A story of one dish: Pkhali

A story of one dish: Pkhali
Vegetables, spicy nut dressing and a large diversity of variations - these are, perhaps, the three best ways to describe the famous Georgian appetizer.

What is meant by ‘pkhali’ 99% of the time? Multi-colored balls made out of vegetables ground with walnuts. But the popular Georgian starter can be found in many different forms. Its main feature is that, in fact, pkhali is not so much a dish as it is a method of preparation. It is a more general concept, so to say - like, for example, bouillon or ragout. The ingredients may vary, but the cooking method is the same. The same goes with pkhali: traditionally it consists of two parts - ground vegetables or herbs and a nut dressing. And the variations can be endless.

МАМА ТУТА МСК, ПХАЛИ ИЗ БОЛГАРСКОГО ПЕРЦА.jpgThe filling: from veggies to meat

When pkhali appeared several centuries ago in Adjara, their recipe was specific - the vegetable base was made of collard greens (that is what ‘pkhali’ translates to from Georgian). However, as the popularity of the dish gradually spread throughout the country, hundreds of variations were created. There are 200 different recipes recorded in cookbooks alone. Pkhali can be made out of spinach, beans, beets (with their greens), carrots, bell peppers and herbs. Even chicken or beef tongue can appear as an ingredient! The recipe also depends on the region. For example, in Khevsureti (in Eastern Georgia) pkhali are seasoned with a mixture of various herbs, spices, garlic and onions. And in Guria, in the West of the country, rice is added to the appetizer. However, most often pkhali is a vegetable dish, and therefore ideal for fasting. So there’s probably no coincidence that ‘Pkhali day’ in Georgia is celebrated on January 4th, during the Nativity Fast.

In Georgia there is a whole day dedicated to pkhali - the 4th of January.

Мама Тута Пхали 176.jpgWhat is more important: the base or the dressing?

The vase of the pkhali is a vegetable pâté. The vegetables for pkhali can be blanched, boiled, stewed, baked, grilled or, rarely, left raw. Greens are often added to them - cilantro, parsley, oregano. Traditionally, one type of vegetable is used in one type of pkhali. But a recipe can sometimes call for a blend: for example, they make pkhali noir of zucchini and eggplant or from two sorts of cabbage - cauliflower and broccoli.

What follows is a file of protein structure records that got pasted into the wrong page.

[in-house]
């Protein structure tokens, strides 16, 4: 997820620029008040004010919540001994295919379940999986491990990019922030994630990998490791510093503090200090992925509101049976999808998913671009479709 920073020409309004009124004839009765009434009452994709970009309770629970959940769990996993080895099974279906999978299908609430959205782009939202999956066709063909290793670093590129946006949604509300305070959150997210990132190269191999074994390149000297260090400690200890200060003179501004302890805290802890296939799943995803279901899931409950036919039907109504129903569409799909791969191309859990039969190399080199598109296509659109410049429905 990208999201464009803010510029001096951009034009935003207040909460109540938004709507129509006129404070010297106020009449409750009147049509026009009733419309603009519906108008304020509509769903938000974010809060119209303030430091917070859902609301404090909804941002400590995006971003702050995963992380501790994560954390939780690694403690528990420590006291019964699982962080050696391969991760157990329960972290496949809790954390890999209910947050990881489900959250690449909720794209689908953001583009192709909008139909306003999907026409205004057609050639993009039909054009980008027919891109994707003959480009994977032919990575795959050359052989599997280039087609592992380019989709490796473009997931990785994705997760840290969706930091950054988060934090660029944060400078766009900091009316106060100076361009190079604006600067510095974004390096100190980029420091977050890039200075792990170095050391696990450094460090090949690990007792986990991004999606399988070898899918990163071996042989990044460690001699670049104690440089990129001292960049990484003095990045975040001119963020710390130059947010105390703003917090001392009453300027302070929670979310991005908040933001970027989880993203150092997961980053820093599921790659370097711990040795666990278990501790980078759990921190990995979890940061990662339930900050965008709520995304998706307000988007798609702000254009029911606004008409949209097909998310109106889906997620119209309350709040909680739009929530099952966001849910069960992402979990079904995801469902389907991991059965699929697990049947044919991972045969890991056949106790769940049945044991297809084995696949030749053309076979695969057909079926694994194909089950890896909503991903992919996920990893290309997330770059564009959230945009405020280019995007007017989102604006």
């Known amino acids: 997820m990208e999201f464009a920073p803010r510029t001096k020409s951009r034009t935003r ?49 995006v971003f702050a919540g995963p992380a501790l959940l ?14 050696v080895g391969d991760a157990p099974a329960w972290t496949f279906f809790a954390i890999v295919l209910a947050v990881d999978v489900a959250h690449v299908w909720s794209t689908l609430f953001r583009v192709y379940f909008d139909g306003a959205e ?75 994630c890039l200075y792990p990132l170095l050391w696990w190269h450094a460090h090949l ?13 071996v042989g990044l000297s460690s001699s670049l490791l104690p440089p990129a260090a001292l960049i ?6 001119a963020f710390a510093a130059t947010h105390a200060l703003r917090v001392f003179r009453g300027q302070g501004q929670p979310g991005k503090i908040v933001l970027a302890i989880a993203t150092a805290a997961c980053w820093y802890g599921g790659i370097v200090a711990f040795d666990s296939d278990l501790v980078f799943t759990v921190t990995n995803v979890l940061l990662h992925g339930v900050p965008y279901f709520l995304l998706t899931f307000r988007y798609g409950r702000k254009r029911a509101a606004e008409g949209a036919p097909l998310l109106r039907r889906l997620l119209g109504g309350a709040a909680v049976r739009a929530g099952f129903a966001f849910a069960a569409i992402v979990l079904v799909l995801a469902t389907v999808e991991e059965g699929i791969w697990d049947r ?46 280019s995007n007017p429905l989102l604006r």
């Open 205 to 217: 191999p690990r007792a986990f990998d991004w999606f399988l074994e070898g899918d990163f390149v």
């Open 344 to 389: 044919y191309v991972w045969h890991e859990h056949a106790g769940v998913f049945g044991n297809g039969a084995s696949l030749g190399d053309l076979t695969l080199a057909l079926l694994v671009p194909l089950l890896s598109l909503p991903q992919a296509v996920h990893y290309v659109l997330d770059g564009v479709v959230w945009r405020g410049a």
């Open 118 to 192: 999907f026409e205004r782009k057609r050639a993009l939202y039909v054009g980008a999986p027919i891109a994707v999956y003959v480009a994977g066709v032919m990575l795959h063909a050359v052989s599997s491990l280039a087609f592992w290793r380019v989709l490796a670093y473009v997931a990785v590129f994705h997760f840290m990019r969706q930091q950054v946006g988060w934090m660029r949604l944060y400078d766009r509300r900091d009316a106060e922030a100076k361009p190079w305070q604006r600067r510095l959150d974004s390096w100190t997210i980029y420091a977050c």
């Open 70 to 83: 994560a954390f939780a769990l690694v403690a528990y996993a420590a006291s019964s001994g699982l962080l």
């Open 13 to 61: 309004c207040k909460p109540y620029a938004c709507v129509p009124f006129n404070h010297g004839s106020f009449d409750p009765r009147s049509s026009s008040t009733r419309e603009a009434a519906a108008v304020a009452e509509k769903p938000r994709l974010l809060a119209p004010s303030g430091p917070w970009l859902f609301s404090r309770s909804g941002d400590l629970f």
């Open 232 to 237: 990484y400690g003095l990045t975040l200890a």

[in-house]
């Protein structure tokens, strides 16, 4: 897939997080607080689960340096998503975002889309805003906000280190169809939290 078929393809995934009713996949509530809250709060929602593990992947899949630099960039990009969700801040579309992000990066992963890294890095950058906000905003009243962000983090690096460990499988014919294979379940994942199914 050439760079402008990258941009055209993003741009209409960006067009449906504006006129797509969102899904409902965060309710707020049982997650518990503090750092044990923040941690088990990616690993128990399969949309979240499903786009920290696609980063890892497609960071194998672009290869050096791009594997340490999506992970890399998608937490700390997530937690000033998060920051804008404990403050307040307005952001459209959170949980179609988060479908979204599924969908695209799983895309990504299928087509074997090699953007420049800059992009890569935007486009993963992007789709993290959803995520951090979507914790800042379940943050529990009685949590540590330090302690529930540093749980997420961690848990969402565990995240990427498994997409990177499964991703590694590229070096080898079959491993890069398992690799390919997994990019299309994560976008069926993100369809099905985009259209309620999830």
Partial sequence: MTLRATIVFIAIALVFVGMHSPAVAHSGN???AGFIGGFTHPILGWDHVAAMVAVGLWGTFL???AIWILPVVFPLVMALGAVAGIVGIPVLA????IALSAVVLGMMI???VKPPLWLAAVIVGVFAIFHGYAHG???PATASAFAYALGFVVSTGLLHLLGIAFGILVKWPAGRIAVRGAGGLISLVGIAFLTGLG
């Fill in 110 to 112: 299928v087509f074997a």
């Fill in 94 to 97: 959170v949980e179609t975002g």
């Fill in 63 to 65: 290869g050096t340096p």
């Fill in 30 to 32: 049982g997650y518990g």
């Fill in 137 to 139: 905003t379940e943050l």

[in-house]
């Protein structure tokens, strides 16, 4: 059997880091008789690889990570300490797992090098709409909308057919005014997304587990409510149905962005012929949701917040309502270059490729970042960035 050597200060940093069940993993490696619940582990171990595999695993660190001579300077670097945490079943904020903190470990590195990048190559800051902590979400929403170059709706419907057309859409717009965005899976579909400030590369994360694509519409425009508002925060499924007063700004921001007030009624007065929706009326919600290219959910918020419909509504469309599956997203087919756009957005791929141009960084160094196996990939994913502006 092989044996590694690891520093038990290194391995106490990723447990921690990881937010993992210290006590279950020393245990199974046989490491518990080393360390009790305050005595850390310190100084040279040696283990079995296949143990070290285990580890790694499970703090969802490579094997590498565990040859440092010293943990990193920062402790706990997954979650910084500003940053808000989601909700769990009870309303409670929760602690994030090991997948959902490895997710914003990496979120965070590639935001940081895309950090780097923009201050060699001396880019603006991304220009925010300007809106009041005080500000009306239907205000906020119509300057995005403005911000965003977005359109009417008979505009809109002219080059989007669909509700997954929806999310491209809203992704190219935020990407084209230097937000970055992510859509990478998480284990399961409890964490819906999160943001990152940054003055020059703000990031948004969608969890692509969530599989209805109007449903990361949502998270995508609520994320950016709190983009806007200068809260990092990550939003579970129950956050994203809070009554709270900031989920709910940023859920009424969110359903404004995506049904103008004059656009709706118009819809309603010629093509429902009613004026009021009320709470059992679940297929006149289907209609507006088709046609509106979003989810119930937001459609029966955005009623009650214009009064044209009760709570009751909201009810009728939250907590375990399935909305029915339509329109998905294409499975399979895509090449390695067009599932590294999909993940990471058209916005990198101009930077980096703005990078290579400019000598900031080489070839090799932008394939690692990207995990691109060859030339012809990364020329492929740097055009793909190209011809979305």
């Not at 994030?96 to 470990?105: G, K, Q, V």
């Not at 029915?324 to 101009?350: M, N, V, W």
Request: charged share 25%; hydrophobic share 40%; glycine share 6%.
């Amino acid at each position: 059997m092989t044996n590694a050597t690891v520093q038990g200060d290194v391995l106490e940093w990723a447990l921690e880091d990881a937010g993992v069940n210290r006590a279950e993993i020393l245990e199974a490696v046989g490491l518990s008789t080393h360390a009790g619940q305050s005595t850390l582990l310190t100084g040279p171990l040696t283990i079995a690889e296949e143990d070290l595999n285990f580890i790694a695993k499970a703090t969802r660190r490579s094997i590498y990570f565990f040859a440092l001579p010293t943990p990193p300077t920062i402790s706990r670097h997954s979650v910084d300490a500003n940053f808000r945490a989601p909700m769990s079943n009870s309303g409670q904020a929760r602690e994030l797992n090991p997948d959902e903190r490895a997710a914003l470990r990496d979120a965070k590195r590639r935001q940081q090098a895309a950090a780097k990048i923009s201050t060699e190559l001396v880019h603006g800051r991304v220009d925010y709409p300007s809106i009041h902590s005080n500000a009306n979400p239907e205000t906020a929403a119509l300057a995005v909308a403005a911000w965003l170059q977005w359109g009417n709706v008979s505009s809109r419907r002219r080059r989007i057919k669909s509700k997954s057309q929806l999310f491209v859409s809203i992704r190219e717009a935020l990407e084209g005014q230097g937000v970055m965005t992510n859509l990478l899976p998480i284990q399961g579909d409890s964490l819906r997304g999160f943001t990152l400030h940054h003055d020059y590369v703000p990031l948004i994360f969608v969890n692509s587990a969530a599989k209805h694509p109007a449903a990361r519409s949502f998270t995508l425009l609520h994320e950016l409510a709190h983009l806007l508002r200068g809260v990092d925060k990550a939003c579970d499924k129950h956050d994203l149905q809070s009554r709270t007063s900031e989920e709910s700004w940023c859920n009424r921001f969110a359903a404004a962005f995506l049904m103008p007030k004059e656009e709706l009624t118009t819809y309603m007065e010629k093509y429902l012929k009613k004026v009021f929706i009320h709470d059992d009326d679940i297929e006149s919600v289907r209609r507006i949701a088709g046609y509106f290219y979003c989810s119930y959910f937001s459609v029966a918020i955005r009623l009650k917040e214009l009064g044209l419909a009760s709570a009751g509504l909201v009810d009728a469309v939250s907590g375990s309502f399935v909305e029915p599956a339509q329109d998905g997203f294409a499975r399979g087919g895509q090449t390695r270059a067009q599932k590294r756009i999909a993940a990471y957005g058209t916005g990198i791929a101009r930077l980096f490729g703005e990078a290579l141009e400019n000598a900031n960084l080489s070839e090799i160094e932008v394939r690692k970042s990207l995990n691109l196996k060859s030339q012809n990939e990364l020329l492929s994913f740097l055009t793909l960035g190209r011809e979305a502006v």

It is said that the dressing for the pkhali plays a bigger role than the base, since that is what gives the dish a characteristic taste. It must include walnuts, garlic, salt, fresh greens (most commonly - cilantro), chmeli-suneli. And then, as with the base, the experiments begin: vegetable oil, vinegar, ground pepper, saffron and other seasonings can be added to the dressing.

The base is then finely ground together with the nut dressing until smooth. So, perhaps, it cannot be said what is more important here, as one cannot exist without the other.

Serving methods: from balls to pâté

The methods of serving pkhali are no less varied. Small balls or patties are formed from the ground blend of veggies and walnuts, with a final touch of pomegranate grains as garnish. It is also possible to make thick ‘cakes’ with a dent in the center, spreading them in a salad bowl or on a large platter in an even layer, like baba ganoush or hummus. An assortment can be made out of the pkhali-balls (or patties) - “pkhaleuli” - a more festive option.

But there is also one completely different way of serving the starter, as well as preparing it. According to Gia Khuchua, the Georgian brand chef of AM Restaurants, a very simple version of pkhali is made in Eastern Georgia (Kakheti, Tbilisi). Basically, the vegetables or herbs (spinach, pepper, wild garlic, nettle) are slightly boiled or simply baked without being chopped at all. They are served after being garnished with oil and a small amount of nuts. This dish does not look at all like the ‘usual’ pkhali, more like seasoned vegetables, but is also considered a traditional variation nonetheless. This version of the starter is also lighter than the hearty nutty pkhali, and is also the version that is offered at our Mama Tuta restaurants during Lent.

The name of the appetizer also has a second option - “mkhali”. It appeared in the middle of the 19th century when there were many Russians in Tiflis (Tbilisi) - the latter seemed more euphonious to them than the traditional “pkhali”.
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